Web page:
Gujju by birth, Mallu at heart and moreover a Kozhikoden
I opened my eye as a child in this beautiful place, Kozhikode. My grandfather Bachubahi had come to this town six odd decades back. Like my father, born here and mother in Kochi, I too am a Kerala-born.
I have a wealth of friends from my school days. Till Class 10, I was in Gujarathi Vidhyalaya, and studied Plus Two in St. Josephs School. Summer vacations were spent in renting bicycle from Kuttichara for Rs. 2 per hour; riding across town from beach to goods ground, present day fourth platform then in its old avatar; plucking mangos and chatting with friends under trees and alongside Kuttichara pond, day-dreaming future castles in the air; playing traditional games of nightly hide-n-seek during power cuts; eagerly waiting 'Pakida Pakida Pamabram' at 7.15 p.m. on DD Malayalam, the only available channel! For all the progress and variety we have now, the magic of those days and nights of yore can never be matched. Schoolmates helped out with Malayalam, though they used to occasionally tease me on my linguistic difficulties.
This reminds me of a couple of hilarious incidents. While working as HR Manager in a firm, I called up a person to pass on information that a parcel was sent in a bus, named ‘Nalakath.’ However, I kept on shouting Nalla Kathu, assuming it to be a ‘good letter.’ Fortunately, a senior corrected me. His remark that it was like a scene from Punjabi House had everyone laughing.
Initially, instead of njaan I used to say nammal, a lapse common to most North Indians, since we assume it to be the opposite of ningal. Mazha (rain) to me was similar to maza in Hindi, which means masti, (enjoyment). My Malayalam has improved over the years, since am a keen fan of Mollywood. Incidentally, I picked up some Tamil during my five years of higher studies in Coimbatore.
As a member of international organisations like Rotaract and Junior Chamber International, public speaking and conducting training sessions are unavoidable. The memory of my very first class in a government school for girls at Vallikkunnu is still fresh. I was extremely nervous, for a wrong word would be disastrous. My good friend and mentor, Jayagopal, came to my rescue. He suggested confessing at the outset that: “I’m not a Malayalee, so kindly correct my mistakes.” This line has worked like a charm ever since.
To get back to my classmates; the beach front was very heaven for us, a hangout at nights. Watching the sunset is a soothing experience. On weekends, we used to play football and take a dip in sea, the happiest part of the day. I have travelled the length and breadth of Kerala, and nothing is so refreshing than the green on one side and the blue waters of the Arabian Sea on the other. When friends from international organisations visit I take them to various places nearby. The charm of these places and multi-flavoured cuisine always leaves a permanent impression on them.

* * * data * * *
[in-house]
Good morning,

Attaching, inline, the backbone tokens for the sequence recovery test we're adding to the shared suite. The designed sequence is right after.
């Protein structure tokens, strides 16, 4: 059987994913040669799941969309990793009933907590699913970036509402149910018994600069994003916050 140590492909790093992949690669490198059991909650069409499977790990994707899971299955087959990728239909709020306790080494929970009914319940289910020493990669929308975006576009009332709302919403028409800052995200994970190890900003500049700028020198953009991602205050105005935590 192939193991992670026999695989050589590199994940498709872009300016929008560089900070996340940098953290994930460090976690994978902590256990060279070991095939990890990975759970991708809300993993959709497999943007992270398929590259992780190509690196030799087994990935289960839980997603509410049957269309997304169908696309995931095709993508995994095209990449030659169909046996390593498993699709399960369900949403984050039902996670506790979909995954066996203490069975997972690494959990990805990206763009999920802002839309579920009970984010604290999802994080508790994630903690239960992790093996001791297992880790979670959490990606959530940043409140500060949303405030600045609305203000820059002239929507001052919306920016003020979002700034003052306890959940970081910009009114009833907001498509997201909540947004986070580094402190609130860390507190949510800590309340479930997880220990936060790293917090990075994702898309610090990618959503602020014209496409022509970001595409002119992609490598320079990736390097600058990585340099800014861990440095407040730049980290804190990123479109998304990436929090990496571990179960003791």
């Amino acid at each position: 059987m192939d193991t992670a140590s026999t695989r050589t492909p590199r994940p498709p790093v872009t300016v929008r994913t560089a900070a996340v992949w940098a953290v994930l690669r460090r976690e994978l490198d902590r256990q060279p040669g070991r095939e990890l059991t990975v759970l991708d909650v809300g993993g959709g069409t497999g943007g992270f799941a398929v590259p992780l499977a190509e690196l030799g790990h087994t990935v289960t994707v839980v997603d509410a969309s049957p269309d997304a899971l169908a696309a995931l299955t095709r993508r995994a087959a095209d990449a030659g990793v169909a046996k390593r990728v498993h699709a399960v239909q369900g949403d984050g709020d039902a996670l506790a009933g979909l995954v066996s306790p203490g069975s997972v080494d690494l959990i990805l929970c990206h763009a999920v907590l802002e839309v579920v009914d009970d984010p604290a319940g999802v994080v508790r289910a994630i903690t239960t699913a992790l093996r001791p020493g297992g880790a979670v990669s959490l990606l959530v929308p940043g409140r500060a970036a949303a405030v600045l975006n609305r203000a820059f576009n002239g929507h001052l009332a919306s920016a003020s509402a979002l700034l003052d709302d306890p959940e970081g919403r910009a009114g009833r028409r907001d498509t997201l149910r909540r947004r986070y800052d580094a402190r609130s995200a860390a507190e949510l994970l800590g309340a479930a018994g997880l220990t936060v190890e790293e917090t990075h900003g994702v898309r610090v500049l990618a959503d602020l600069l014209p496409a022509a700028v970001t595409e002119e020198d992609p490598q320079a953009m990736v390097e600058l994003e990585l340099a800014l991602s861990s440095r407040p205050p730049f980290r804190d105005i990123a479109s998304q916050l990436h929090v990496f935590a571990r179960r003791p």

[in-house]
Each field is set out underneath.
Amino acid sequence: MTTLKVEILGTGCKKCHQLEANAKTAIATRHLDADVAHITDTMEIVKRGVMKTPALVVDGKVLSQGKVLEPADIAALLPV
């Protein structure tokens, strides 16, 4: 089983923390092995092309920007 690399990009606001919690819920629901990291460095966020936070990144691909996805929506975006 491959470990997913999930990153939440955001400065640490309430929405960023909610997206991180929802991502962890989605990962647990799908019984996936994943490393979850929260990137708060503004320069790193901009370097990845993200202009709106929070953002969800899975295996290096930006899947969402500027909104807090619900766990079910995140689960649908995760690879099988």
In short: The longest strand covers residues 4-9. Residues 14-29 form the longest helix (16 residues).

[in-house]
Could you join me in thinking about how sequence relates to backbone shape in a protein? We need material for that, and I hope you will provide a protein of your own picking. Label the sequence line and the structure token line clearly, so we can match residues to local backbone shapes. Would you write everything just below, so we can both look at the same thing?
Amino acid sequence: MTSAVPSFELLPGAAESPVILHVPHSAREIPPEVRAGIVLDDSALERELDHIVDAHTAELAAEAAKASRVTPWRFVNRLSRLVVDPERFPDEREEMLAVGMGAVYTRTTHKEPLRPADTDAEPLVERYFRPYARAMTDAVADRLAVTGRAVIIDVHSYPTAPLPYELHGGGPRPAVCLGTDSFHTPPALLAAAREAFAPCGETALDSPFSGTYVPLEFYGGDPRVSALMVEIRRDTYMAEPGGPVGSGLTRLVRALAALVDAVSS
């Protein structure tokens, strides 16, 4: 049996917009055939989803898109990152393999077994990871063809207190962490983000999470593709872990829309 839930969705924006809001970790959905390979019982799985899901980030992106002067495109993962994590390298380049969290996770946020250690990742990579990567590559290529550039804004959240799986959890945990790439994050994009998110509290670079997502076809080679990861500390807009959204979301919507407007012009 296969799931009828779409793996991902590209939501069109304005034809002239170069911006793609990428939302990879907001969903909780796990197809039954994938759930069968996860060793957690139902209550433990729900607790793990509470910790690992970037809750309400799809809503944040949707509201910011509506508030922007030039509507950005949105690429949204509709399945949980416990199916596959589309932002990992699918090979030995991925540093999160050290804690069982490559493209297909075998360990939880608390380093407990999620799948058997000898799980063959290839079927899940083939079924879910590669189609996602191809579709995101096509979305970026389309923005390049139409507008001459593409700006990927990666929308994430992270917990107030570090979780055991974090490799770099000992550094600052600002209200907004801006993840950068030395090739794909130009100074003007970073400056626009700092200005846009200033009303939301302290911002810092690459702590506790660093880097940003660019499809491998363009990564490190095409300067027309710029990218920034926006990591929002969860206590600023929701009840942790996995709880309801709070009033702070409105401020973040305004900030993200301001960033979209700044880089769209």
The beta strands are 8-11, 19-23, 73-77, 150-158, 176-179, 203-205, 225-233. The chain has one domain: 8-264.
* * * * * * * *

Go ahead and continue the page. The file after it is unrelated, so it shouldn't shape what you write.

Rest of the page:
I love everything associated with this place, from the food to the wonderful hospitality of its people. The variety of food items on offer is staggering. Exotic pickles like ice achhar, kakri and gooseberry kept in glass jars at various petty shops are mouth-watering. Not to forget the enormous range of juices. My cousins are also envious of puttu, sadhya, Malabari porotta, biryani and nice pathiri. We enjoy to our hearts’ content all the vegetarian delicacies, frequenting the numerous hotels, chaya kadas and cafes. A recent phenomenon is the emergence of cafes offering Italian, Thai, Mexican and other exotic cuisines. But nothing can match an authentic Kerala fare. Kozhikoden halwa and chips continues to be a timeless rage among all, irrespective of age.
The people are easy-going and friendly. I love taking the autorickshaw, as most charge according to the meter (unlike other places). Recently, a few rouge elements have dented this image. Tea vendors and cops too are very helpful.
Many venture out of Kozhikode in search of fresh opportunities. To my mind, opportunities abound here. My bread and butter are here. Kozhikode has given me so many opportunities and love, that I am forever indebted to the people of this town. In the modern, fast-paced world, where people can’t find time, I take solace in the so called ‘small place’ which is very calm and safe and welcomes all.
Celebrating Onam and Vishu, clad in mundu is good fun. Though a Gujju by birth, at heart I am Mallu and proud of Nammude Kozhikode and to be called a Kozhikkoden. I never had this feeling that I am from a different part of India. My sense of belonging is so intense that never have I felt like a stranger in this land, which is now my very own. Nor was I ever reminded of my religion, with personal relationships erasing the man-made divisions of religion and caste.
(The writer runs a firm, which provides financial services, corporate training and advice on start-ups for youth)